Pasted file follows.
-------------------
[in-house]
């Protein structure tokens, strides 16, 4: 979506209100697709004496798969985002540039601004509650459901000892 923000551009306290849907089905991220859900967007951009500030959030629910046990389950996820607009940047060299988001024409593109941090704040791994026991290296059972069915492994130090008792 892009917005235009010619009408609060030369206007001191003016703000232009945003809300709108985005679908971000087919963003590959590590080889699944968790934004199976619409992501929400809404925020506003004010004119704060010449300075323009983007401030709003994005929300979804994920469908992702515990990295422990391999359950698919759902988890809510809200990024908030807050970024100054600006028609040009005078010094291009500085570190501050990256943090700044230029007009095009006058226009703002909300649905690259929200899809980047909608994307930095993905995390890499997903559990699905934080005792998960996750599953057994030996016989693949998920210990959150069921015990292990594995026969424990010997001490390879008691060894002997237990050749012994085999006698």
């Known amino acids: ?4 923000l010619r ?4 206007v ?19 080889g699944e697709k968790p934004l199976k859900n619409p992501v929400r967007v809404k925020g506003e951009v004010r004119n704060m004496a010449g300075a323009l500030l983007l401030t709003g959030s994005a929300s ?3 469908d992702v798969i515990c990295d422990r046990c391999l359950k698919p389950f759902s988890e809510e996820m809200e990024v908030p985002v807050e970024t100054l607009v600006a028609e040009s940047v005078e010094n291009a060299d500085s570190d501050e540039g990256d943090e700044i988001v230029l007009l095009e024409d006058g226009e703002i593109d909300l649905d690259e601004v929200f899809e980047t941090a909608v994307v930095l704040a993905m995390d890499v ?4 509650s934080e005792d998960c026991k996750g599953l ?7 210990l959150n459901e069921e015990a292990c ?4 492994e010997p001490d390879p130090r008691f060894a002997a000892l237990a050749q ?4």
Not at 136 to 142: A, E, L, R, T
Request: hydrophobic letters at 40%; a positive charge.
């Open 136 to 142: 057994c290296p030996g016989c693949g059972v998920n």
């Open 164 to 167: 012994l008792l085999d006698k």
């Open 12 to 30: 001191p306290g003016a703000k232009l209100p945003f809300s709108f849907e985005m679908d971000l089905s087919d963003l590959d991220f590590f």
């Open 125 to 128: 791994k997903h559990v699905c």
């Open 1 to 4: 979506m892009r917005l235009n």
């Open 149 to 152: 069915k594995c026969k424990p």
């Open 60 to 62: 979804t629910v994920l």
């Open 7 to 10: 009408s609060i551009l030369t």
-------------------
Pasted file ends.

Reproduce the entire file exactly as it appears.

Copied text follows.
[in-house]
């Protein structure tokens, strides 16, 4: 979506209100697709004496798969985002540039601004509650459901000892 923000551009306290849907089905991220859900967007951009500030959030629910046990389950996820607009940047060299988001024409593109941090704040791994026991290296059972069915492994130090008792 892009917005235009010619009408609060030369206007001191003016703000232009945003809300709108985005679908971000087919963003590959590590080889699944968790934004199976619409992501929400809404925020506003004010004119704060010449300075323009983007401030709003994005929300979804994920469908992702515990990295422990391999359950698919759902988890809510809200990024908030807050970024100054600006028609040009005078010094291009500085570190501050990256943090700044230029007009095009006058226009703002909300649905690259929200899809980047909608994307930095993905995390890499997903559990699905934080005792998960996750599953057994030996016989693949998920210990959150069921015990292990594995026969424990010997001490390879008691060894002997237990050749012994085999006698």
């Known amino acids: ?4 923000l010619r ?4 206007v ?19 080889g699944e697709k968790p934004l199976k859900n619409p992501v929400r967007v809404k925020g506003e951009v004010r004119n704060m004496a010449g300075a323009l500030l983007l401030t709003g959030s994005a929300s ?3 469908d992702v798969i515990c990295d422990r046990c391999l359950k698919p389950f759902s988890e809510e996820m809200e990024v908030p985002v807050e970024t100054l607009v600006a028609e040009s940047v005078e010094n291009a060299d500085s570190d501050e540039g990256d943090e700044i988001v230029l007009l095009e024409d006058g226009e703002i593109d909300l649905d690259e601004v929200f899809e980047t941090a909608v994307v930095l704040a993905m995390d890499v ?4 509650s934080e005792d998960c026991k996750g599953l ?7 210990l959150n459901e069921e015990a292990c ?4 492994e010997p001490d390879p130090r008691f060894a002997a000892l237990a050749q ?4």
Not at 136 to 142: A, E, L, R, T
Request: hydrophobic letters at 40%; a positive charge.
């Open 136 to 142: 057994c290296p030996g016989c693949g059972v998920n």
């Open 164 to 167: 012994l008792l085999d006698k």
């Open 12 to 30: 001191p306290g003016a703000k232009l209100p945003f809300s709108f849907e985005m679908d971000l089905s087919d963003l590959d991220f590590f």
């Open 125 to 128: 791994k997903h559990v699905c």
């Open 1 to 4: 979506m892009r917005l235009n």
């Open 149 to 152: 069915k594995c026969k424990p």
């Open 60 to 62: 979804t629910v994920l």
């Open 7 to 10: 009408s609060i551009l030369t």